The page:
A 25-year-old man reported a 2-year history of recurrence of a soft swelling with two swollen afferent vessels on the left side of his forehead every 2 to 3 months (Figure a, arrow). He stated that the swelling was asymptomatic, persisted for a few days each time, and regressed without treatment. Magnetic resonance imaging showed an irregularly shaped venous structure in a bony canal of the scull (Figure b, arrow), compatible with a pericranial sinus. This rare vascular malformation of unknown origin is characterized by an abnormal anastomosis, usually close to the midline, between the intra- and extracranial venous systems. Congenital, syndrome-related, and acquired cases of pericranial sinus have been described. The patient could not recall any relevant trauma. The reason for the intermittent appearance is not known. The described prognosis of pericranial sinus is generally good: spontaneous regression, sometimes thrombosis, occasional bleeding with the risk of infection. If there are neurological symptoms, or on cosmetic reasons, vascular surgery or endovascular embolization can be performed. In the case reported here, such measures were considered unnecessary owing to the slight nature of the symptoms and the constant size of the swelling. Follow-up visits were agreed.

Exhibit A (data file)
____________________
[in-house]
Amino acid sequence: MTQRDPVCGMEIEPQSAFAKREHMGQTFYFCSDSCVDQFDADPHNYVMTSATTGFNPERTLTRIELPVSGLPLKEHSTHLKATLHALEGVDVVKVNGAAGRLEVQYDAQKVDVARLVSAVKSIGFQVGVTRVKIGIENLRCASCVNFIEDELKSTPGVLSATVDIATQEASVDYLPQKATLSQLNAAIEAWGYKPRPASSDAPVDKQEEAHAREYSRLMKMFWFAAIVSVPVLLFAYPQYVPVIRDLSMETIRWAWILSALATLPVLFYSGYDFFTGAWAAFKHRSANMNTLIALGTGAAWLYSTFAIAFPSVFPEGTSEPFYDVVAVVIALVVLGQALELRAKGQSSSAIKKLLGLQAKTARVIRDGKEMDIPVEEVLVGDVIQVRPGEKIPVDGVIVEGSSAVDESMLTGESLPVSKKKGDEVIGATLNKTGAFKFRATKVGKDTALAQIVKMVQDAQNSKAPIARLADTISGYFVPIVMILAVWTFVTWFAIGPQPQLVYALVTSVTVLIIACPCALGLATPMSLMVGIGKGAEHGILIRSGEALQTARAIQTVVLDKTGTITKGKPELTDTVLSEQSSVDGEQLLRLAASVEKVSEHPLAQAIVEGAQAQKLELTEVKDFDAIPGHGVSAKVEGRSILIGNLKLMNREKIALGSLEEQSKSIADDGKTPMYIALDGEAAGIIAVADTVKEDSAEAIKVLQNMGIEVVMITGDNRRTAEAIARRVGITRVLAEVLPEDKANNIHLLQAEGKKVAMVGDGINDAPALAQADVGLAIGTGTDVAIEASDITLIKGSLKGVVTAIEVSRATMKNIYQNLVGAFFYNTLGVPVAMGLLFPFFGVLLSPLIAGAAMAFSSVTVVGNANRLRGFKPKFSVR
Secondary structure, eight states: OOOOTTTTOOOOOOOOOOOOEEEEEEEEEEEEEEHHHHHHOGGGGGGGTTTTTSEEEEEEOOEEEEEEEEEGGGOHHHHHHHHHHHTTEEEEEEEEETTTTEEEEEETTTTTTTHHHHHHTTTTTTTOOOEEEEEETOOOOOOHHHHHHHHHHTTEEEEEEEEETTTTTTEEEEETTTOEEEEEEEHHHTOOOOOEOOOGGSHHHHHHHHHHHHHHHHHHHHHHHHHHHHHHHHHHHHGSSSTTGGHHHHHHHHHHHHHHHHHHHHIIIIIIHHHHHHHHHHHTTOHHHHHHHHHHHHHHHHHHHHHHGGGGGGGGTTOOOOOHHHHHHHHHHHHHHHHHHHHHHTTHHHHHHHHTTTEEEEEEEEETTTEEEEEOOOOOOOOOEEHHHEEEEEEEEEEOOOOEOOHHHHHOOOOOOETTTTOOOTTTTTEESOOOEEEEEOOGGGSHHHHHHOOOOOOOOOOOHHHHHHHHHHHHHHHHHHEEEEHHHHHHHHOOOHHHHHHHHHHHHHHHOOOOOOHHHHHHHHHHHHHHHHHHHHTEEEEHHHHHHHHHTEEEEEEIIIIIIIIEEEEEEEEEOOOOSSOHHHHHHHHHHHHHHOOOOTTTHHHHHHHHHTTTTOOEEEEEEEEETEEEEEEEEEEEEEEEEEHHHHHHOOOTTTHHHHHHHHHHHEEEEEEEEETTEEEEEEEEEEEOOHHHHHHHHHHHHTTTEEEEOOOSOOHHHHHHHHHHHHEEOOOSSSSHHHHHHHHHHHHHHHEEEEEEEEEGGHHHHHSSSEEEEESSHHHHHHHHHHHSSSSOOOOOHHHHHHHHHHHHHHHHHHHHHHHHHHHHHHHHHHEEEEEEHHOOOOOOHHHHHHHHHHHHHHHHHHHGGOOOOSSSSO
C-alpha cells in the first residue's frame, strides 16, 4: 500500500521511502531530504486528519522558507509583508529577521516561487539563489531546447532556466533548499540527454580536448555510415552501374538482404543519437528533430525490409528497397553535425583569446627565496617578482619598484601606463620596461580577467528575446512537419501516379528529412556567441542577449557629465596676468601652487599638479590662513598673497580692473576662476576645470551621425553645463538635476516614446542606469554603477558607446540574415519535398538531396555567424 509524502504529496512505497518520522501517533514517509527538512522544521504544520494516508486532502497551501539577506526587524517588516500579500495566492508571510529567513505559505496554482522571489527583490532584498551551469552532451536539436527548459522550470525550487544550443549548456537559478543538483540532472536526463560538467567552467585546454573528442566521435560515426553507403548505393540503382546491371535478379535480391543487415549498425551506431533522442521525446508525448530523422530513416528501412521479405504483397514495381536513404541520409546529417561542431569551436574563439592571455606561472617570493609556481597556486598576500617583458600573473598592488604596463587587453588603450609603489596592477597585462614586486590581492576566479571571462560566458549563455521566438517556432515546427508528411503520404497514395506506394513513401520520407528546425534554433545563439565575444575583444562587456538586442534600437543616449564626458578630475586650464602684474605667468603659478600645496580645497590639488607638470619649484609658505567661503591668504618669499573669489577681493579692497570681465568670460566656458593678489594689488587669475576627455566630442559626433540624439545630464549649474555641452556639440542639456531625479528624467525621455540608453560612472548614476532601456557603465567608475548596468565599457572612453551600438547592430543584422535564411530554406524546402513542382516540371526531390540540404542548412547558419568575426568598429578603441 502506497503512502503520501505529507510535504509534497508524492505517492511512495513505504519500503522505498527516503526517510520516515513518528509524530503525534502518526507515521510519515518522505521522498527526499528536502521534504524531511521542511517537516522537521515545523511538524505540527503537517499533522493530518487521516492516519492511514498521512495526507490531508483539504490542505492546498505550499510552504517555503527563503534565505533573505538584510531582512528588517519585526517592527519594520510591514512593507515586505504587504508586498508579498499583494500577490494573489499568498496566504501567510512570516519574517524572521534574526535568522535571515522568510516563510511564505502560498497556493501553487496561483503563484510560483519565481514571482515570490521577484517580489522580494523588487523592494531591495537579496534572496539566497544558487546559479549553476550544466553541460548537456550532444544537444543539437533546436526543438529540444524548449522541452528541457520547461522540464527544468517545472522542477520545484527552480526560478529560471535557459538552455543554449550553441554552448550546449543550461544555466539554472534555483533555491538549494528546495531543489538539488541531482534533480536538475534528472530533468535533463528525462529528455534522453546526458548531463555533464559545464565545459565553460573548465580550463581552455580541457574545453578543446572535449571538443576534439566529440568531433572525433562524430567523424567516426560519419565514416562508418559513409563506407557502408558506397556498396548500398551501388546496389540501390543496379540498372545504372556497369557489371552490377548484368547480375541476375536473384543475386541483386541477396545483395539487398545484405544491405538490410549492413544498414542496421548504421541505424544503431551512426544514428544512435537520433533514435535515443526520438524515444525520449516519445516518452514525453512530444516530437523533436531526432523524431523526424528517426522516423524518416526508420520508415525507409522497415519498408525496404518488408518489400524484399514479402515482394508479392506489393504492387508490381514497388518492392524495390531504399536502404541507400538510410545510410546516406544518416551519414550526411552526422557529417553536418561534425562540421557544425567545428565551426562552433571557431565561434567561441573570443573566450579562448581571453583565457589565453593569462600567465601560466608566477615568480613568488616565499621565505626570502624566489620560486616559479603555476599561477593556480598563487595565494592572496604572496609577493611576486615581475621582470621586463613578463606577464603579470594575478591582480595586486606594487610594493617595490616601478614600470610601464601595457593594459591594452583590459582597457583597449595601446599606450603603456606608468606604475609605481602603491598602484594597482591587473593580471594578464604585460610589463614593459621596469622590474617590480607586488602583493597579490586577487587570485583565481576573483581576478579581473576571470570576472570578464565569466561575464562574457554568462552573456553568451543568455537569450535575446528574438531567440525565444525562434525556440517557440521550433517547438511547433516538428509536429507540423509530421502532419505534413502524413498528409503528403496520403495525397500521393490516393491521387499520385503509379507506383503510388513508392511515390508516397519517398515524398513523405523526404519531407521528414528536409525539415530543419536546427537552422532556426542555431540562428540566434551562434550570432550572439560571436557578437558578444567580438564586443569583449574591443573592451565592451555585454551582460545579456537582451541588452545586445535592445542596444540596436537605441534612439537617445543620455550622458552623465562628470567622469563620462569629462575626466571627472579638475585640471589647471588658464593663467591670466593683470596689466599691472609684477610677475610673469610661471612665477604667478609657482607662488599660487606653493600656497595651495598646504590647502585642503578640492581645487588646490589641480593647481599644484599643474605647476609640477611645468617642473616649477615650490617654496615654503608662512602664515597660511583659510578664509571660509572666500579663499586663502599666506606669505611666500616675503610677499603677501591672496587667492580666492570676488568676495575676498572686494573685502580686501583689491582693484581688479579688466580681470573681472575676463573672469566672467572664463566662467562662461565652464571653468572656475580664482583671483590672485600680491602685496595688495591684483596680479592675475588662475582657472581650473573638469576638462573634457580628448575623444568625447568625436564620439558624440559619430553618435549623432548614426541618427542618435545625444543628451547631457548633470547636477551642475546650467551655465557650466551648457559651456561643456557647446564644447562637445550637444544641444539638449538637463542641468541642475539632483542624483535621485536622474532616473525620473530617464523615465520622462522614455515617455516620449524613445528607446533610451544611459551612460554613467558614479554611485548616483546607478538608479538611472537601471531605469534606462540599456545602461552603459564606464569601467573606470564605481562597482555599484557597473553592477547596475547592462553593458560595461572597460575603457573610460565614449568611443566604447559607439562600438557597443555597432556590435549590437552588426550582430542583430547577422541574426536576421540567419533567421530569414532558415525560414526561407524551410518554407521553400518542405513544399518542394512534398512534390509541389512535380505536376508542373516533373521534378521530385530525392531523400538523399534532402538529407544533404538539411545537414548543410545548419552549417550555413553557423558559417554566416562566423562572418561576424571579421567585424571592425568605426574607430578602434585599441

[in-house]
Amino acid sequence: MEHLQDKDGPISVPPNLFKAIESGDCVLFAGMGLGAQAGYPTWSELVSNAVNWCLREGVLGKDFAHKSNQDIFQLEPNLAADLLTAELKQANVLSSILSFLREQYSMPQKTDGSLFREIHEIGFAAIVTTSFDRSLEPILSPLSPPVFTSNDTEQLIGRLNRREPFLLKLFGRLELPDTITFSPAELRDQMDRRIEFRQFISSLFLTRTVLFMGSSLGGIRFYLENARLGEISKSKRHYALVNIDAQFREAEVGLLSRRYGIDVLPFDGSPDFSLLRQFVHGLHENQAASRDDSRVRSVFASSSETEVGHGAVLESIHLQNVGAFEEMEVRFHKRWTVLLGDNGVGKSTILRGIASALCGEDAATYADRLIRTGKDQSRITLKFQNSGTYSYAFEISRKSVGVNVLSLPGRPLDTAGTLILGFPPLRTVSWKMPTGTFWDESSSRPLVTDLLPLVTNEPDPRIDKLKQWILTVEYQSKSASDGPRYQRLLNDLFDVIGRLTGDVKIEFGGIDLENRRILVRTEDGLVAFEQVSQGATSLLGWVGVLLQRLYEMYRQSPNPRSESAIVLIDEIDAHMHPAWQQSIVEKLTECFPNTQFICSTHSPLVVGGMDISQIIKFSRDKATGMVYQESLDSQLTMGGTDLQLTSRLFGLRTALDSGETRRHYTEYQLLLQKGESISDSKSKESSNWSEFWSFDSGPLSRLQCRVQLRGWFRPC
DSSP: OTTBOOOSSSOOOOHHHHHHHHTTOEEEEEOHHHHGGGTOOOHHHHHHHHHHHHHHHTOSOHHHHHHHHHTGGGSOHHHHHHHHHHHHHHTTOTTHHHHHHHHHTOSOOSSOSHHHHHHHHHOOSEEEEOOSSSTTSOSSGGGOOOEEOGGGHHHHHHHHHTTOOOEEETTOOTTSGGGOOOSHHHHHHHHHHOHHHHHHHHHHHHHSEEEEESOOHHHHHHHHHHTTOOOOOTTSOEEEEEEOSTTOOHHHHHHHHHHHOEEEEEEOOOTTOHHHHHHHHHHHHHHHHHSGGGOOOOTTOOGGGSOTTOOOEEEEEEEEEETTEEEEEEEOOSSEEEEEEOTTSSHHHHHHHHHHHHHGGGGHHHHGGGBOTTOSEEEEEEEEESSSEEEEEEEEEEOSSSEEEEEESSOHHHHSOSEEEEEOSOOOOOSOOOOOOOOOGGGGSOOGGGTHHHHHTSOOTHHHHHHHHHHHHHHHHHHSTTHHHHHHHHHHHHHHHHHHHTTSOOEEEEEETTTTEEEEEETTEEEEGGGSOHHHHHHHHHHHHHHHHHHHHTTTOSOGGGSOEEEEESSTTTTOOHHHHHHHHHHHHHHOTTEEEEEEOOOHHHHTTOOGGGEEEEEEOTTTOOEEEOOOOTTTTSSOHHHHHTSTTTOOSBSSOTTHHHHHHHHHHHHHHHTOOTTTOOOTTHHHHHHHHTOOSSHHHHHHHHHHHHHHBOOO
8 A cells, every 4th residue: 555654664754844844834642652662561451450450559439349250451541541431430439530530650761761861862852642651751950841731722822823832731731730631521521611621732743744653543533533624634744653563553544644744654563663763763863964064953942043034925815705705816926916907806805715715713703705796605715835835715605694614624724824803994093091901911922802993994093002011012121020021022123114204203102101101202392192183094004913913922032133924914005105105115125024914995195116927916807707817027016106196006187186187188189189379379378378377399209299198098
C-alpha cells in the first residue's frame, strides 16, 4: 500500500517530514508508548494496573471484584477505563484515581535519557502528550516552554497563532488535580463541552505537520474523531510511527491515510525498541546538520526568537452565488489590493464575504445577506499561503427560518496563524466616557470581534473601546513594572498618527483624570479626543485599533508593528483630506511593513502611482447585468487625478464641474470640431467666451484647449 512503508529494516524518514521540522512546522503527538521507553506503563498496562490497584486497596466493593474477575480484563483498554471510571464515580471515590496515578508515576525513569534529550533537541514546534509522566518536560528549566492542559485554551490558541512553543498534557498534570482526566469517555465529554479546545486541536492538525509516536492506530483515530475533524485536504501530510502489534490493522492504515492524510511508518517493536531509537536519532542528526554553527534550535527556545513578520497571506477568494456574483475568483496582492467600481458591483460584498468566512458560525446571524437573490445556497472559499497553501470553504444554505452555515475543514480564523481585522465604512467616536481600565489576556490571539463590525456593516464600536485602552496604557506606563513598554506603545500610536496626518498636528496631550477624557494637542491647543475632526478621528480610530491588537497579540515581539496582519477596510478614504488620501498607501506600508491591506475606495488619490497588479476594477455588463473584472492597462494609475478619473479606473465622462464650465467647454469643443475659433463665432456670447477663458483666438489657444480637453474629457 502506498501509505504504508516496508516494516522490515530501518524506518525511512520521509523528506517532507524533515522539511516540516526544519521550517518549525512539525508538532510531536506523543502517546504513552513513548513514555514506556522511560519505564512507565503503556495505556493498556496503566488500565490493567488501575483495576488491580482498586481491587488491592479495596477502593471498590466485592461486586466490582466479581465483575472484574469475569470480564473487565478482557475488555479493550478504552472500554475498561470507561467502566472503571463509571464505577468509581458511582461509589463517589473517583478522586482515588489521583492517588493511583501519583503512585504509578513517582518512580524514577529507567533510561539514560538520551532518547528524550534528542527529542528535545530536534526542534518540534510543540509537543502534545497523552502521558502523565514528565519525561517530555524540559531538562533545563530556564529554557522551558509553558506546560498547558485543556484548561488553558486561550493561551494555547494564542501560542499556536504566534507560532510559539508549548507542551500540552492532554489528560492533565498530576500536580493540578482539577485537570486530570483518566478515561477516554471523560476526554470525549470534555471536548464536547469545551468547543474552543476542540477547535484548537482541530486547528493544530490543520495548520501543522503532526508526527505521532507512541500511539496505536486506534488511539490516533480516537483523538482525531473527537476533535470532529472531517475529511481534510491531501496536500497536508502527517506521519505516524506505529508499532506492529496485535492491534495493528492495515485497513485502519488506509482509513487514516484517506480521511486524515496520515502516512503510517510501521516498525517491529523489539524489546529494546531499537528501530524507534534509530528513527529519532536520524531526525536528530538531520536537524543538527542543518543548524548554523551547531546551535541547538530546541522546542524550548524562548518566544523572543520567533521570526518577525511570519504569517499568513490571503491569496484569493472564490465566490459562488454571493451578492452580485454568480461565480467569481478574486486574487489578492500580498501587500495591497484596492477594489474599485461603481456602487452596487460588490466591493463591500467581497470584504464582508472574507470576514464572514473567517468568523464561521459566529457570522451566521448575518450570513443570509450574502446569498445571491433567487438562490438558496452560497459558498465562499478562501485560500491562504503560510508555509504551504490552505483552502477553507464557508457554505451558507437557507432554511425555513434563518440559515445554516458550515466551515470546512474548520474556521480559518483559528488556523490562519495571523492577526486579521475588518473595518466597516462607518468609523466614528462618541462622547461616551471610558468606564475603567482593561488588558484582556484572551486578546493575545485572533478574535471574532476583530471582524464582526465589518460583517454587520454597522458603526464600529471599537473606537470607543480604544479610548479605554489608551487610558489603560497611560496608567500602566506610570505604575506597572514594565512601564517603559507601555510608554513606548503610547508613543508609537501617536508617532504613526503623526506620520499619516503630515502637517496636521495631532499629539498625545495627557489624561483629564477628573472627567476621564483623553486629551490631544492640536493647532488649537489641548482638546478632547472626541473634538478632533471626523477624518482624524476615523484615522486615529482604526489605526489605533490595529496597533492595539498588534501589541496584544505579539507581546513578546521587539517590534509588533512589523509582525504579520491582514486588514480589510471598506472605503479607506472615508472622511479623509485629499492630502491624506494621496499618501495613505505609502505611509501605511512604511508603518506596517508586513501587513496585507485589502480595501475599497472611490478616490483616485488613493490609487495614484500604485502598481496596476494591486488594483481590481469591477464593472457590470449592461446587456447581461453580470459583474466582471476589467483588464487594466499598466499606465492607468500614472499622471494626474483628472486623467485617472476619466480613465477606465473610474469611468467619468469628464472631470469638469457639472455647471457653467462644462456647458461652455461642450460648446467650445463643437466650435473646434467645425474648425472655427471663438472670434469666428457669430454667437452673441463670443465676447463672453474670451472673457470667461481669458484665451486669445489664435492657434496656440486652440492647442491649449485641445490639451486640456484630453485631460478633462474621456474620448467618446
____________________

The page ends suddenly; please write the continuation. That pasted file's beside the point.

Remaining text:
Dr. med. Franz Heppt, Christine Meder, Dr. med. Nicola Wagner, Hautklinik, Universitätsklinikum, Friedrich-Alexander-Universität Erlangen-Nürnberg, firstname.lastname@example.org
Conflict of interest statement: The authors declare that no conflict of interest exists.
Translated from the original German by David Roseveare.
Cite this as: Heppt F, Meder C, Wagner N: Sinus pericranii. Dtsch Arztebl Int 2020; 117: 136. DOI: 10.3238/arztebl.2020.0136a